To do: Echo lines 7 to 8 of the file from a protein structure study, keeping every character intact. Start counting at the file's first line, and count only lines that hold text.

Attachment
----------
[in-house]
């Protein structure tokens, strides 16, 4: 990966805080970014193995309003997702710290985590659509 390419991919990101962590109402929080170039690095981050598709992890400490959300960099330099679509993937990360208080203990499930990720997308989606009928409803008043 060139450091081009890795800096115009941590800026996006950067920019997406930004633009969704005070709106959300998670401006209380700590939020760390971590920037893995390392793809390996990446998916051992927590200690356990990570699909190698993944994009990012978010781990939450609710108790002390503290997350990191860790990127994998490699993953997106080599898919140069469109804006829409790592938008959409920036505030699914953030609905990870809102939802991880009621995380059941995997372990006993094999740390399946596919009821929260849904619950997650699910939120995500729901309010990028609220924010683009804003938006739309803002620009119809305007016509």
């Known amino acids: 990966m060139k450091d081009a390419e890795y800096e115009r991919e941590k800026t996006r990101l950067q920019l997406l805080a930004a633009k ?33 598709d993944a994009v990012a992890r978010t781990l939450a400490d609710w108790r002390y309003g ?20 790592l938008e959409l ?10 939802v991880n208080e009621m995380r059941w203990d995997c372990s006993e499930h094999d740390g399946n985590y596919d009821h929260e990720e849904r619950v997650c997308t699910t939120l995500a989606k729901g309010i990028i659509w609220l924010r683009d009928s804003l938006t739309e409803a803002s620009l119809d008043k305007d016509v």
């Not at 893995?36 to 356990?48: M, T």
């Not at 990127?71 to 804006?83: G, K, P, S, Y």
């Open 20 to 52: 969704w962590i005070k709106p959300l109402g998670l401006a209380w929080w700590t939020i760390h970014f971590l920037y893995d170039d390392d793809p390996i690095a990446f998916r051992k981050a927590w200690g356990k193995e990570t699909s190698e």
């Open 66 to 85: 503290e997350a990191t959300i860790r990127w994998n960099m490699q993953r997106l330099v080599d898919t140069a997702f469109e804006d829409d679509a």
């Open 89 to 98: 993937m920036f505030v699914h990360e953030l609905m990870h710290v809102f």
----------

């Open 66 to 85: 503290e997350a990191t959300i860790r990127w994998n960099m490699q993953r997106l330099v080599d898919t140069a997702f469109e804006d829409d679509a």
């Open 89 to 98: 993937m920036f505030v699914h990360e953030l609905m990870h710290v809102f």